After an offseason defined by a challenging job search, former Orioles catcher Matt Wieters starts a new chapter in his career - 39 miles south of Camden Yards.
A week into spring training, Wieters signed a contract - one year and an option - to catch for the Nationals. On May 8-9, the Nationals come to Camden Yards, and Orioles fans will see for the first time Wieters emerging from the third-base dugout wearing an opponent’s road gray.
He’ll wear No. 32, the number he had with the Orioles.
It will be a strange scene, considering Wieters, the best catcher in franchise history, was key in molding the Orioles into a consistent winner. The Orioles lost at least 92 games a season from 2006 through 2011.
Wieters was the fifth pick in the draft by the Orioles in 2007. In 2012, he - along with Adam Jones, Chris Davis, Manny Machado, J.J. Hardy and Chris Tillman - was part of a nucleus that helped the Orioles make the postseason for the first time since 1997.
Wieters hit a career-high 23 home runs that season. The Orioles lost to the Yankees in the American League Division Series.
Part of Wieters’ legacy in Baltimore will be questions about his legacy.
When he signed out of Georgia Tech, expectations were ridiculously high, with him a certainty for Cooperstown.
Would he be the next Carlton Fisk or Yogi Berra? And would Wieters be the savior of the Orioles franchise?
Wieters was labeled “Mauer with power,” referring to the Minnesota Twins’ Joe Mauer, who has won an AL MVP and three batting titles.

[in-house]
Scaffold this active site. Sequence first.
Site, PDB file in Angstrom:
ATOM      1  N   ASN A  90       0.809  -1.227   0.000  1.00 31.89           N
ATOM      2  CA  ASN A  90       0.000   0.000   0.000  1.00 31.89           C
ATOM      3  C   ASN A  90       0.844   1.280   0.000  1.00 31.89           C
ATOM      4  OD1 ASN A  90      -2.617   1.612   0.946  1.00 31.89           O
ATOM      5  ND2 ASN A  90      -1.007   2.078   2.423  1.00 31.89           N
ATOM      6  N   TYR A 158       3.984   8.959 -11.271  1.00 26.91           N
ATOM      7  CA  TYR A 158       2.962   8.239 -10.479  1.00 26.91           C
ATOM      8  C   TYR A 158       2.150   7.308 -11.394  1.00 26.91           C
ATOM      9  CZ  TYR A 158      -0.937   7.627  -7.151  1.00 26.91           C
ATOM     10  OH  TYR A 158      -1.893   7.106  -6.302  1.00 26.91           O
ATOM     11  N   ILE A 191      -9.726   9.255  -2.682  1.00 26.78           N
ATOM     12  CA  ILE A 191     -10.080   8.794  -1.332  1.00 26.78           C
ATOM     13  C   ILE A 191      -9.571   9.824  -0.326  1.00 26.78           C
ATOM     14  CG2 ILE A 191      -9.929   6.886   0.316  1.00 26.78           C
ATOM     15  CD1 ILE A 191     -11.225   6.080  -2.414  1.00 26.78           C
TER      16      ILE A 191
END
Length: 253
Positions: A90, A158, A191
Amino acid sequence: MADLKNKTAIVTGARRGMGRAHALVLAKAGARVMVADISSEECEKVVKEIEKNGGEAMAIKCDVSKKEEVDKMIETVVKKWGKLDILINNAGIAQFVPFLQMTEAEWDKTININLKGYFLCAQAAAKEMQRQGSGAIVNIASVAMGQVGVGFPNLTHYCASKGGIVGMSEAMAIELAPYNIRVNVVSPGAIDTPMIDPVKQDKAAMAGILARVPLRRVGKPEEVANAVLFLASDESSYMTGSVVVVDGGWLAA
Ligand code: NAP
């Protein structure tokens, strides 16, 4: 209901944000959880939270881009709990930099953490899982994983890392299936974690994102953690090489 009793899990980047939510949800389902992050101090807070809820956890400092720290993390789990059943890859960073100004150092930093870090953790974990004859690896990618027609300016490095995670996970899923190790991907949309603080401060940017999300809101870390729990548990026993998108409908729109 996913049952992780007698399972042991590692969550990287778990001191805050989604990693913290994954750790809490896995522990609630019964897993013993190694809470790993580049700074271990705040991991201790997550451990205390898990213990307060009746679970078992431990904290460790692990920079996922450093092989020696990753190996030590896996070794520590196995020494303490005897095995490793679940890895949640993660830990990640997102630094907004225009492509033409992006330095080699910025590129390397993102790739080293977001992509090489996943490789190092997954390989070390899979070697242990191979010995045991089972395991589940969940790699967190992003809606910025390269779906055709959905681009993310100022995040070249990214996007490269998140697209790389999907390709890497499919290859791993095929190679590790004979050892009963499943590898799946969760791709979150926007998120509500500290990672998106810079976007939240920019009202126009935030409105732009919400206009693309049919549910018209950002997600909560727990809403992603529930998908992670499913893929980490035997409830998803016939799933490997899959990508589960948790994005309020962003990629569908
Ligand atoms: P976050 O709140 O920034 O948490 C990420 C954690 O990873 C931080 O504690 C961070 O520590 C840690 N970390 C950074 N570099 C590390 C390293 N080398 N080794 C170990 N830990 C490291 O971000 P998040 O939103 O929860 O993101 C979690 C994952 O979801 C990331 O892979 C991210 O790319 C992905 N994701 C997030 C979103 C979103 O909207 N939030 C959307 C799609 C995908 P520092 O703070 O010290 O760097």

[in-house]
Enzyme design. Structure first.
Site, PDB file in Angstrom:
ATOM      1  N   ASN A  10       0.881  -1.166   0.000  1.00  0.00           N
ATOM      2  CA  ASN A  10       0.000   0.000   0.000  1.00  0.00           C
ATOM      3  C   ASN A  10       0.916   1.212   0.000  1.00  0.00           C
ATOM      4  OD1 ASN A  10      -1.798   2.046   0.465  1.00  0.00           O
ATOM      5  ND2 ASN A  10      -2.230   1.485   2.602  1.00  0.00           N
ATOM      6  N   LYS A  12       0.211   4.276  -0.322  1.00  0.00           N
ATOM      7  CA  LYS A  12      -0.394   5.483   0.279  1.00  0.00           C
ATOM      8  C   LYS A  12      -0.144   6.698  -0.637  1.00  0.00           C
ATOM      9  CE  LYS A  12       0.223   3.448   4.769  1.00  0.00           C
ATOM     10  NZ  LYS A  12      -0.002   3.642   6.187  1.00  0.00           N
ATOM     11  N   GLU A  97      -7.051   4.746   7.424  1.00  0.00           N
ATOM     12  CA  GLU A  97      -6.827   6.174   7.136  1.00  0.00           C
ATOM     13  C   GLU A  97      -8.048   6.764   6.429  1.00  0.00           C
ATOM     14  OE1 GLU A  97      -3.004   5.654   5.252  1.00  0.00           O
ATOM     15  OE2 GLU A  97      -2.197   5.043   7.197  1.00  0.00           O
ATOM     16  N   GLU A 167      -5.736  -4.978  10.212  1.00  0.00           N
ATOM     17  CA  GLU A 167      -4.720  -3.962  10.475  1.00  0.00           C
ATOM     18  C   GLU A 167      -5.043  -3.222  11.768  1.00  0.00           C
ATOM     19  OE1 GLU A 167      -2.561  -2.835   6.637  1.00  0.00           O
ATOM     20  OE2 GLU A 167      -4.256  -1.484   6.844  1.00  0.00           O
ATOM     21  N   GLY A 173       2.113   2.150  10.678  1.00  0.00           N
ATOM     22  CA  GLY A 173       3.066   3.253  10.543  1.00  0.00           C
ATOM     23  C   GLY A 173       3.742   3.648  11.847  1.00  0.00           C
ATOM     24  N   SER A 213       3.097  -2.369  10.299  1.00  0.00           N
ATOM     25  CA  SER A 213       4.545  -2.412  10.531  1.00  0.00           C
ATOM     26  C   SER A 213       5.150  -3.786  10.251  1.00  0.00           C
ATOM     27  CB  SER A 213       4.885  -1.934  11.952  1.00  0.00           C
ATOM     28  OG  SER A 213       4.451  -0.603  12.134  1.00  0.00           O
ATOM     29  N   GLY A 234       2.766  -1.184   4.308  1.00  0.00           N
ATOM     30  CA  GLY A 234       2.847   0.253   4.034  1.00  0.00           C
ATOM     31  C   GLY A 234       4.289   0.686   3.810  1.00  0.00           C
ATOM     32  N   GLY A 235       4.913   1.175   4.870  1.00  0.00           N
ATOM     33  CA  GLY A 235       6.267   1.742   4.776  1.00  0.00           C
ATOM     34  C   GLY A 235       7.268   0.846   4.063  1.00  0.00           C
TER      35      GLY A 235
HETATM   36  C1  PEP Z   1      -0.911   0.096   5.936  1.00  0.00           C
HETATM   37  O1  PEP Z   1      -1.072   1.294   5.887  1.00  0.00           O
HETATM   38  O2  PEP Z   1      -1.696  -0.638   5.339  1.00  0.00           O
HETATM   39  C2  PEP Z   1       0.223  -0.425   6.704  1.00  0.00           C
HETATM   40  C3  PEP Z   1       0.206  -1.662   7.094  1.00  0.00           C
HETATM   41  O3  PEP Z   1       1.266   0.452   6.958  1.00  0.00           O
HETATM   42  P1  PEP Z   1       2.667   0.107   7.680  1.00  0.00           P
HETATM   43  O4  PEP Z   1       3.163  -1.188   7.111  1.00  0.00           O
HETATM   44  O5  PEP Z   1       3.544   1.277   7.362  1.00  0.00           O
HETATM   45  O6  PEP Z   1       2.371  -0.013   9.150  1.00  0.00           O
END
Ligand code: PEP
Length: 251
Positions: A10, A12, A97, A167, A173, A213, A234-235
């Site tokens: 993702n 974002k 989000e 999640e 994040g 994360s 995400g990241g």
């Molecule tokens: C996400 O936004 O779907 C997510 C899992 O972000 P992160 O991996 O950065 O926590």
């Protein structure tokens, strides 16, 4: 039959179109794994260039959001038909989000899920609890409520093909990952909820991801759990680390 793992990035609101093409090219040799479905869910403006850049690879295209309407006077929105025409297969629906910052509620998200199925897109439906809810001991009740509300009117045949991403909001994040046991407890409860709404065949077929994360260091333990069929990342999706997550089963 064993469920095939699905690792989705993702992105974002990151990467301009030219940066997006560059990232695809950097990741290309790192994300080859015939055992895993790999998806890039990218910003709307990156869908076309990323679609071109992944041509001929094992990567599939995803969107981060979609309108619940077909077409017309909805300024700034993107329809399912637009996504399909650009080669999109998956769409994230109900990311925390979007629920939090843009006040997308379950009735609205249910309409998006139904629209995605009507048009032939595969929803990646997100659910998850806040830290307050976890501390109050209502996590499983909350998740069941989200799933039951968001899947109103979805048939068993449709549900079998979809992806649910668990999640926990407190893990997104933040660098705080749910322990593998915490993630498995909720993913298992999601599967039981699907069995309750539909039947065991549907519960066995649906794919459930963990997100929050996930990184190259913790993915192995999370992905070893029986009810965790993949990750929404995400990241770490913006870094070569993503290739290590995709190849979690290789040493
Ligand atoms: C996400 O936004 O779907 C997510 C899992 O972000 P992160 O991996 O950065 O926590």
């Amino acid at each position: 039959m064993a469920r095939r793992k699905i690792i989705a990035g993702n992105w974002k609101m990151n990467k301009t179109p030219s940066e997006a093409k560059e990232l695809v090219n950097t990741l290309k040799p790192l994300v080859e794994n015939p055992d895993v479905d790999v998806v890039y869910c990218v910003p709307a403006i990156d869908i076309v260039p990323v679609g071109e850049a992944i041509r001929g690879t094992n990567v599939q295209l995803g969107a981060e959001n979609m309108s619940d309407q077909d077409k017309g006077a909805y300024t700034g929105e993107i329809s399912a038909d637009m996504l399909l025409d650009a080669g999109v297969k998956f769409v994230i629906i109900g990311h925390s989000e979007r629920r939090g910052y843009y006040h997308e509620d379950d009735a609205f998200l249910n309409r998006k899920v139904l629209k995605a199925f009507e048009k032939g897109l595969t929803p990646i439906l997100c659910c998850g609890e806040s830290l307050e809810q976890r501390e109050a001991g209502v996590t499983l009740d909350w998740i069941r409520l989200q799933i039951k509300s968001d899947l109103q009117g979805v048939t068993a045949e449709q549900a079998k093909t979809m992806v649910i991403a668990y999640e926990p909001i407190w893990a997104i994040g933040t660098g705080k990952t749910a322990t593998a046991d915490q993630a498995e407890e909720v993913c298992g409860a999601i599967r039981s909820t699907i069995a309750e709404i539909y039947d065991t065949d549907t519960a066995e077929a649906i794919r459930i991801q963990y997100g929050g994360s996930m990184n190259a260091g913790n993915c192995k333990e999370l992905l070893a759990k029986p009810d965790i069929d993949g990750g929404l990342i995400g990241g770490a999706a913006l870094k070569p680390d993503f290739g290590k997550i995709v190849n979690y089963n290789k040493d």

The 6-foot-5 Wieters plays strong defense with a rifle arm. He’s a switch-hitter with 20-home run power and the ability to drive the ball to all fields.
On May 29, 2009, Wieters played his first game in Camden Yards, going 0-for-4 in a 7-2 win against Detroit. Attendance was 42,704, a night after the team drew a combined 35,000 for the previous three games.
The next night, before 34,567, Wieters delivered his first big league hit, a triple against the Tigers’ Justin Verlander. Wieters also hit a double in that game against the Tigers bullpen.
Wieters hit .288 as a rookie. He had three 20-home run seasons for the Orioles. He won two Gold Glove Awards and played in four All-Star Games. He made the cover of Sports Illustrated in 2010.
His 2014 and 2015 seasons were derailed by Tommy John surgery.
In 2014, he was off to an MVP-type start, hitting .308 with five home runs and 18 RBIs in his first 26 games, before the elbow injury put him on the sideline.
Last season, in his final game as an Oriole at Camden Yards, he hit two home runs in a 5-2 win against the Yankees.
Then there was the hard walk-off loss at Toronto in the AL wild card game. Replays show that he knew the second that the Blue Jays’ Edwin Encarnacion connected, the ball was gone and the Orioles’ season over.
This spring, the 30-year-old Wieters, the most prominent player to play for both teams in the mid-Atlantic, becomes the Nationals catcher, replacing Derek Norris.
The Nationals, who have lost in the first round of the playoffs three times since moving to D.C. in 2005, hope that Wieters will help them take the next postseason step.
Not long ago, Wieters helped the Orioles take the next step, transforming from them from a losing team to a powerhouse.
It’s a legacy that will not be forgotten in Baltimore.